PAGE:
Philippine forces launch attacks against ISIS-linked militants in Marawi
- Author: Leroy Wright May 26, 2017,
May 26, 2017, 17:07
A number of foreign militants have had a presence in the southern Philippines for decades, including some of Asia's most-wanted.
The turmoil was the final straw for President Rodrigo Duterte, who on Tuesday delivered on his longstanding threat to impose martial law on Mindanao, the country's second-largest island, to stop the spread of radical Islam.
Marawi - Army tanks packed with soldiers rolled into a southern Philippine city on Thursday as gunfire and explosions rang out after militants linked to the ISIS group torched buildings, seized more than a dozen Catholic hostages and raised the black flag of ISIS.
In a sign of the confusion over events inside the city, a local police chief told the AP on Friday that he was fine - two days after Duterte told journalists the police chief had been beheaded by militants.
According to Mr Enriquez, the former chief was shot dead in a clash with the extremists on Tuesday outside a Marawi hospital. "Lawless armed groups have historically used provinces adjoining Marawi City as escape routes, supply lines, and backdoor passages", reads the report.
President Rodrigo Duterte had also declared martial law across the southern third of the country to quell the crisis, while numerous 200,000 residents had fled and security forces had lost their target: Isnilon Hapilon. But soldiers have been going house-to-house to clear the city of militants.
"Attack helicopters fired rockets in a precision attack", Herrera said.
As authorities try to gain more control over the city, disturbing details have emerged. Hapilon's whereabouts were not clear, but there was no indication he was captured in the raid. The measures under martial law will apply the entire island, affecting almost 21 million people, and will include curfews, the establishment of checkpoints and the suspension of the writ of habeas corpus. Thousands of people were fleeing the city Thursday, jamming their belongings into cars.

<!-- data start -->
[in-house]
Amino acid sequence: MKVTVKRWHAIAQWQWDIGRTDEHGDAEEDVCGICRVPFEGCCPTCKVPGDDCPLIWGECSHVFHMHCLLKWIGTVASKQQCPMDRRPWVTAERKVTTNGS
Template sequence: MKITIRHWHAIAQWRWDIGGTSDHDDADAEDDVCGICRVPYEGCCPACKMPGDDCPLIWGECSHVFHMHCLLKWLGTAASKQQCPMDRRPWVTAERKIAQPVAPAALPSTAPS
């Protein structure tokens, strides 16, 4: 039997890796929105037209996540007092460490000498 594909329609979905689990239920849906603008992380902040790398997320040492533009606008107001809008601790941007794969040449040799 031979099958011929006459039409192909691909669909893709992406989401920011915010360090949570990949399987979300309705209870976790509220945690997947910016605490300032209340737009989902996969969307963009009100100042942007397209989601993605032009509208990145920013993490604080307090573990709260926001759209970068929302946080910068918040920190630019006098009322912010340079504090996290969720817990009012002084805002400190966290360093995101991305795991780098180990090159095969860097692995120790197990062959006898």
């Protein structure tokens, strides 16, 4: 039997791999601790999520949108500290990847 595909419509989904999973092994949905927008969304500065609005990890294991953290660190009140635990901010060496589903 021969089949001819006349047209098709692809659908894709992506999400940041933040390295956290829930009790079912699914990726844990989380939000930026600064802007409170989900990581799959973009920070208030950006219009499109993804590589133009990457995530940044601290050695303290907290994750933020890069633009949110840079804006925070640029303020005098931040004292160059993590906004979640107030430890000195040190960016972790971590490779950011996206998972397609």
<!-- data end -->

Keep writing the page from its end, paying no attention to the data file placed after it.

An estimated 86 percent of the Philippines is Roman Catholic, while another six percent identify as Christians of another denomination. "Otherwise, they will kill the hostages", Bishop Edwin de la Pena of Marawi told CBCP News, noting his secretary was among the taken, and he was allowed to speak with Fr. Chito Suganob.
People were also protesting out of concern the martial law was too broadly applied.
It added that the imposition of martial law and the worsening human rights abuses that will arise from the declaration "will surely be brought forward in peace negotiations" as a form of violation of the Comprehensive Agreement on Respect for Human Rights and International Humanitarian Law. Under Marcos's declaration, all powers were transferred to the president, the military was authorized to arrest individuals who were allegedly conspiring to take over the government, a curfew was enforced, and group assemblies were banned. The Islamic State-aligned group continues to hold civilian hostages after reportedly murdering at least 11 people, according to reports.
It was blamed for a bombing in Duterte's home city of Davao in September a year ago, which killed 14 people and wounded dozens.
The United States, which regards Hapilon as one of the world's most risky terrorists, has offered a bounty of US$5 million (Dh18.4m) for his capture.
The army raided what it believed to be his hideout on Tuesday night in Marawi, but the militants called in reinforcements and were able to overpower government forces.
Much of Marawi was still a no-go zone Thursday.